by hereditary rank. Such men had fi s not sti e . So e H


,

1 )

~ ~ THE JAPANESE EXPERIENCE

. lof these tasks became routine. Rarely did samurai need to take up

~ ~~rms after 1650. When they dId so, It was usually to act against

.- ~ ynothing more demanding than peasant revolt. As a result, they

;;;lbecame more and more an unemployed soldiery, whose morale

~ ~ ~grew worse frol~ one genemtion to another. Dec.L0t£.

~ ~ ~ Other samUraI - a nunonty, though a large one, tending steadily

~ ~ 'Ii to mcrease - were employed in domain administration. Here a

~ major preoccupation was finance: that is, raising the funds,

~ ~

t

whether in rice or cash, to pay stipends, to maintain an official

. \:l. ;( residence in Edo, . and to meet the cost of expensive journeys to

'I.l ~ ;and from the capItal ev~r; yea~. Another was to administer the

.~ i\i ~ ~ countrysIde, the domam s pnmary source of revenue. Since

. ~ ~ ~ ~ samurai were no longer resident outside the castle town, officials

. ~..\'I-- J from the castle dealt Wlth rural affaIrs through village headmen,

~ '1I1'~ ~ or perhaps through a distrKt office, manned by locally recruited

~ fll !!:,staff. OccasIOnal VISItS of mspectlOn to the areas under their

~ ~~ ~ control, in order to keep a check on tax returns or supervise

~. ~~ ~urveys, v:as all that was thought to be required by way of personal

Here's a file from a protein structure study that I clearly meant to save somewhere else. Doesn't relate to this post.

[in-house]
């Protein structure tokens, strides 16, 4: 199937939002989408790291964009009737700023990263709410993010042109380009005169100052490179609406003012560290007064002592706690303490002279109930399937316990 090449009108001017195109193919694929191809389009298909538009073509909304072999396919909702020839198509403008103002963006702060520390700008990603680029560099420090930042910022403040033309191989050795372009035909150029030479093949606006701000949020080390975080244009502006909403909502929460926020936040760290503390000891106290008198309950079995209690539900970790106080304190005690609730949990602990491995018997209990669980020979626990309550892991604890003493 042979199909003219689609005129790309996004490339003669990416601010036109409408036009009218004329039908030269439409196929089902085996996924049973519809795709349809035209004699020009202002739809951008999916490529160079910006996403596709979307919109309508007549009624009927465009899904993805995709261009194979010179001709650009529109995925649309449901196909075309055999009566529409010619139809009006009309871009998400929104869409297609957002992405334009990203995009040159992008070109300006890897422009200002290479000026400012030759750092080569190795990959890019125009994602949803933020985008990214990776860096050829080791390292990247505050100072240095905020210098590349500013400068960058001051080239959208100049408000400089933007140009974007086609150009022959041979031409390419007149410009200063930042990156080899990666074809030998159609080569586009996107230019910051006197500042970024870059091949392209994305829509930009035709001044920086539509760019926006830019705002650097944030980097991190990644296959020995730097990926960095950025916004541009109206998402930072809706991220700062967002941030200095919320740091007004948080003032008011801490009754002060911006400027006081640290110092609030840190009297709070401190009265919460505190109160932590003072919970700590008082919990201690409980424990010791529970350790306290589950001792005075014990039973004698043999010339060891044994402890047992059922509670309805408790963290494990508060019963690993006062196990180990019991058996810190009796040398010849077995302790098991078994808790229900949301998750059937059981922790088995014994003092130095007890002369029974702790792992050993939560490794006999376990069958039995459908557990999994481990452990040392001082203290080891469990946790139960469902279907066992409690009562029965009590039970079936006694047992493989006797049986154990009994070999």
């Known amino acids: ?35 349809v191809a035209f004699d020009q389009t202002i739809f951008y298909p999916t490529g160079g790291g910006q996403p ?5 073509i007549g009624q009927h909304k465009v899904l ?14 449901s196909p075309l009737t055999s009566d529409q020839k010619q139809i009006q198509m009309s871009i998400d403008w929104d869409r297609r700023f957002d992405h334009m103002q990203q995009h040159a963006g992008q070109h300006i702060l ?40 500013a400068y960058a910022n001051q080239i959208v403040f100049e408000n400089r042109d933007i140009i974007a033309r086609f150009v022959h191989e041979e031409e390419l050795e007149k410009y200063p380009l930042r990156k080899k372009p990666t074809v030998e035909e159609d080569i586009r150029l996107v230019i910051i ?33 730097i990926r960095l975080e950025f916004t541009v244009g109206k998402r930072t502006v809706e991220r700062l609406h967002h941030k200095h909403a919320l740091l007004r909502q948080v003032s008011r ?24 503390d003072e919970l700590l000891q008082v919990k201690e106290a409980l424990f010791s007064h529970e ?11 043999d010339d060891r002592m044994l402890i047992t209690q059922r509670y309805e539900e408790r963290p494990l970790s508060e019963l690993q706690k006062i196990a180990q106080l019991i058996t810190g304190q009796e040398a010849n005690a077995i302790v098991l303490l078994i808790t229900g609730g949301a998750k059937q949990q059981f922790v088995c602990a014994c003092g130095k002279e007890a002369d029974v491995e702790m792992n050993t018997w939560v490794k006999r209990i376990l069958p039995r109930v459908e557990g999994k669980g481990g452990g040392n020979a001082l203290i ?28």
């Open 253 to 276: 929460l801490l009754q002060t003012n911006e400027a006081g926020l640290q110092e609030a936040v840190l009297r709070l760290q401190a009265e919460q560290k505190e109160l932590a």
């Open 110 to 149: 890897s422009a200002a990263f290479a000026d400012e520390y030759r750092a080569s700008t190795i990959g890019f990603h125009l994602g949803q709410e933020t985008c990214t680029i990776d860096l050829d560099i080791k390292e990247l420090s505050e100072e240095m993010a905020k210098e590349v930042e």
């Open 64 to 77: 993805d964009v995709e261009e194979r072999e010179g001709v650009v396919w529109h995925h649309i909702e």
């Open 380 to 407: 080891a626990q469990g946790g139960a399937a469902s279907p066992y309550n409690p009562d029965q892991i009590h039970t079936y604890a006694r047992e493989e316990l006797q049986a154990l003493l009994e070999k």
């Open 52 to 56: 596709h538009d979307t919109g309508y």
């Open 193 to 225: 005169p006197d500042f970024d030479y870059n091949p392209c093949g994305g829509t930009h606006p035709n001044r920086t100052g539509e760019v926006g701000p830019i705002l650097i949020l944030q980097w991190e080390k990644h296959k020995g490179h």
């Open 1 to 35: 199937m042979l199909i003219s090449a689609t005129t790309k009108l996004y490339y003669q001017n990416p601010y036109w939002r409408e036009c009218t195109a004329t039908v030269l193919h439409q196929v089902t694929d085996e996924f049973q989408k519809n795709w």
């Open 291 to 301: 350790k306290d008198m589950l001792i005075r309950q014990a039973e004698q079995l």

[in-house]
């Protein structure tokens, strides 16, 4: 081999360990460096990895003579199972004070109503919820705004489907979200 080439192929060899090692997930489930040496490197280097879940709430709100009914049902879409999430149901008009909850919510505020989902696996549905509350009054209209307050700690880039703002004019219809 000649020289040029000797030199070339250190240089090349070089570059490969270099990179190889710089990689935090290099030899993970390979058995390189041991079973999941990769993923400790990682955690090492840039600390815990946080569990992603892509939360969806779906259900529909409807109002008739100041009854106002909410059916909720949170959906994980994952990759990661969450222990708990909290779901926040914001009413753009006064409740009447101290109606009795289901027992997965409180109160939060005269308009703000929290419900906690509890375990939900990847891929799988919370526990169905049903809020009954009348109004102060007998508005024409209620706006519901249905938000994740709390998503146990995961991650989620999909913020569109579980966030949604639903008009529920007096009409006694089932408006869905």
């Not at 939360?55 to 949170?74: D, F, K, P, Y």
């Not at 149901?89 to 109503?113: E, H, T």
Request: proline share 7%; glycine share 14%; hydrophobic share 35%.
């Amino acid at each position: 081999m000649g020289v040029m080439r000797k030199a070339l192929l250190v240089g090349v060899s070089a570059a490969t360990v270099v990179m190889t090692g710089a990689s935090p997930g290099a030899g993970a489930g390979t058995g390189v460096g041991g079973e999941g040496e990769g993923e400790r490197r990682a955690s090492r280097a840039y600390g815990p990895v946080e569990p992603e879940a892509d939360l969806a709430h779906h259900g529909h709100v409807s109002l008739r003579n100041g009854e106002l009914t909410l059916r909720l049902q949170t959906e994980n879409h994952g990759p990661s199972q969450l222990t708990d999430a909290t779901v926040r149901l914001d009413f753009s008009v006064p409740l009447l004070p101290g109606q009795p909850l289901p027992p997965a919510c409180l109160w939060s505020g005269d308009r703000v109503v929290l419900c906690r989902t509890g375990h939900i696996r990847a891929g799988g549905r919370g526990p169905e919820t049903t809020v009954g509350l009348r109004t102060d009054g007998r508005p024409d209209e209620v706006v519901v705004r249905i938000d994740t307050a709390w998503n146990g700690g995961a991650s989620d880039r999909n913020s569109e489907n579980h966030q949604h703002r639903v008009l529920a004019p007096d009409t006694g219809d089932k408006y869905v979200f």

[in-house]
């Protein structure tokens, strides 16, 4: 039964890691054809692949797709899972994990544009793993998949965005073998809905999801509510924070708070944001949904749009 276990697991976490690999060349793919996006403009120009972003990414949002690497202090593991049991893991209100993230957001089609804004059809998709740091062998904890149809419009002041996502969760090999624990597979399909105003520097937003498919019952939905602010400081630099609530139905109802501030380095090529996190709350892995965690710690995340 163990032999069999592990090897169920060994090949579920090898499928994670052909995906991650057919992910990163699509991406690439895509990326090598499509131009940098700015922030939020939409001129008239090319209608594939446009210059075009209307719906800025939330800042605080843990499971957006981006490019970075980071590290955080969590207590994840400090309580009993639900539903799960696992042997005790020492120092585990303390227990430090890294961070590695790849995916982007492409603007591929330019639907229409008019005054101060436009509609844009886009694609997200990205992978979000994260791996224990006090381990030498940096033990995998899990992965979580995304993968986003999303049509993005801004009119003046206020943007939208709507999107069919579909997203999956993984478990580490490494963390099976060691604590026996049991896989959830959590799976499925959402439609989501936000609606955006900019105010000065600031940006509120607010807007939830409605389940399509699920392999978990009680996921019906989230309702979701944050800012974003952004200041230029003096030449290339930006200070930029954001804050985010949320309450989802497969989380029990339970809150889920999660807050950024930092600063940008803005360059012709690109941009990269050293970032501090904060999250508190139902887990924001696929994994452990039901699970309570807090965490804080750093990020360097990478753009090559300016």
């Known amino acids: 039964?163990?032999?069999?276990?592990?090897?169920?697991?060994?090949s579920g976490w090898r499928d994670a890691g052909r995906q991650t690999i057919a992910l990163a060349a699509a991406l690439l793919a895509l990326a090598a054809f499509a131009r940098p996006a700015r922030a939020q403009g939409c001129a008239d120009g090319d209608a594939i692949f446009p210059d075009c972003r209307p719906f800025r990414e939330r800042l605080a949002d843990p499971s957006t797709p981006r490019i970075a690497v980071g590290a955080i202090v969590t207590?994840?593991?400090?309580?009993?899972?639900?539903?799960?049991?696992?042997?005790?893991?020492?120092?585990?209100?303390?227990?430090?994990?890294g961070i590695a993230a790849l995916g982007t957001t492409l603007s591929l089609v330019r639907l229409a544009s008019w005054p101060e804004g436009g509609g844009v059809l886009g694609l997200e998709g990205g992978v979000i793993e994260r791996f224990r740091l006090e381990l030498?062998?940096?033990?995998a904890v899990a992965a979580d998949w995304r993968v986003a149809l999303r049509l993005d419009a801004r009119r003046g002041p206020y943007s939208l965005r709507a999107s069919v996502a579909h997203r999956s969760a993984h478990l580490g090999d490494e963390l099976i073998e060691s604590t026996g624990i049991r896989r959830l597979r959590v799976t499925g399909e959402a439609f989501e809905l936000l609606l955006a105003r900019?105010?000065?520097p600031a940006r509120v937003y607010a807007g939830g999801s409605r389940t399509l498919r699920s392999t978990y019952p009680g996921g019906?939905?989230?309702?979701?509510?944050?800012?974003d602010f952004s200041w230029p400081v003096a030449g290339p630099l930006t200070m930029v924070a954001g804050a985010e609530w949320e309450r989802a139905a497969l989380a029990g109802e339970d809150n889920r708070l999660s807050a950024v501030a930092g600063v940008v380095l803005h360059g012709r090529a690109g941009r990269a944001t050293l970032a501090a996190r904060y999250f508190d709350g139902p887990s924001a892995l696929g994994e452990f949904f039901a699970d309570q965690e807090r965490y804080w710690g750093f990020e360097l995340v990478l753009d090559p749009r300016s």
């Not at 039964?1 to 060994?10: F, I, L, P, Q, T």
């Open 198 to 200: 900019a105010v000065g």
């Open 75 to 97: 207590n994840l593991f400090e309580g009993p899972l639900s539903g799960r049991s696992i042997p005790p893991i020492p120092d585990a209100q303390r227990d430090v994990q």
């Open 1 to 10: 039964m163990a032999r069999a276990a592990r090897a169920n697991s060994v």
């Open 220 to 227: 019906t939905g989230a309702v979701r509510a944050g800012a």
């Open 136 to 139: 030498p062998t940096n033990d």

~.~ ~ • mterventlon. It was an authoritarian system, but not always an

y ~.~ 8 ~effiC!ent one. Japanese farmers, like those elsewhere in the world,

'


lRIENCE

lid samurai need to take up

t was usually to act against

nt revolt. As a result, they

'ed soldiery, whose morale

lOther. Dec.Li1e-e.

a large one, tending steadily

ain administration. Here a

:hat is, raising the funds,

lds, to maintain an official

·,t of expensive journeys to

ther was to administer the

source of revenue. Since

:Ie the castle town, officials

through village headmen,

lanned by locally recruited

to the areas under their

n tax returns or supervise

required by way of personal

system, but not always an

:lse elsewhere in the world,

:senting yields.

~val concept of the warlold

to raise an army fro!!l.hi~._

)f the Edo period held his

uired them to be governed